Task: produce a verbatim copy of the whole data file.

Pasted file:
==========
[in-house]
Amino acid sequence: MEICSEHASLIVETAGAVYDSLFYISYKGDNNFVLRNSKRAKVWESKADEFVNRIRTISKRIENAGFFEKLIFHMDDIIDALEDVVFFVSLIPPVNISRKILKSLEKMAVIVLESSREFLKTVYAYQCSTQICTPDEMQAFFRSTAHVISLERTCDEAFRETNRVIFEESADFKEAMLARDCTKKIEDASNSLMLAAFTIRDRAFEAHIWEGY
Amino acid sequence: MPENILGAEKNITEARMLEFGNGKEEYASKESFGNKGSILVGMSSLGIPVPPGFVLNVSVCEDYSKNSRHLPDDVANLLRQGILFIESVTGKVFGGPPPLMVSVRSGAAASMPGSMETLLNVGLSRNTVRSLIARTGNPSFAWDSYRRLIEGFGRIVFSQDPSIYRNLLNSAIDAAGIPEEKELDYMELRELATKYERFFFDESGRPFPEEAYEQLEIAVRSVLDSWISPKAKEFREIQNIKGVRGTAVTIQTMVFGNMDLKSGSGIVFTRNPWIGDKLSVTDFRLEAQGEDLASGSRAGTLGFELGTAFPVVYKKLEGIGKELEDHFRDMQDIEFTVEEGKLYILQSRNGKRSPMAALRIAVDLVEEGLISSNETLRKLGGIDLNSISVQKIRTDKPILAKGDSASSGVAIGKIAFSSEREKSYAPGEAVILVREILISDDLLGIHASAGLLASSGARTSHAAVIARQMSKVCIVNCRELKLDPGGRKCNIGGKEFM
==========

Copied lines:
[in-house]
Amino acid sequence: MEICSEHASLIVETAGAVYDSLFYISYKGDNNFVLRNSKRAKVWESKADEFVNRIRTISKRIENAGFFEKLIFHMDDIIDALEDVVFFVSLIPPVNISRKILKSLEKMAVIVLESSREFLKTVYAYQCSTQICTPDEMQAFFRSTAHVISLERTCDEAFRETNRVIFEESADFKEAMLARDCTKKIEDASNSLMLAAFTIRDRAFEAHIWEGY
Amino acid sequence: MPENILGAEKNITEARMLEFGNGKEEYASKESFGNKGSILVGMSSLGIPVPPGFVLNVSVCEDYSKNSRHLPDDVANLLRQGILFIESVTGKVFGGPPPLMVSVRSGAAASMPGSMETLLNVGLSRNTVRSLIARTGNPSFAWDSYRRLIEGFGRIVFSQDPSIYRNLLNSAIDAAGIPEEKELDYMELRELATKYERFFFDESGRPFPEEAYEQLEIAVRSVLDSWISPKAKEFREIQNIKGVRGTAVTIQTMVFGNMDLKSGSGIVFTRNPWIGDKLSVTDFRLEAQGEDLASGSRAGTLGFELGTAFPVVYKKLEGIGKELEDHFRDMQDIEFTVEEGKLYILQSRNGKRSPMAALRIAVDLVEEGLISSNETLRKLGGIDLNSISVQKIRTDKPILAKGDSASSGVAIGKIAFSSEREKSYAPGEAVILVREILISDDLLGIHASAGLLASSGARTSHAAVIARQMSKVCIVNCRELKLDPGGRKCNIGGKEFM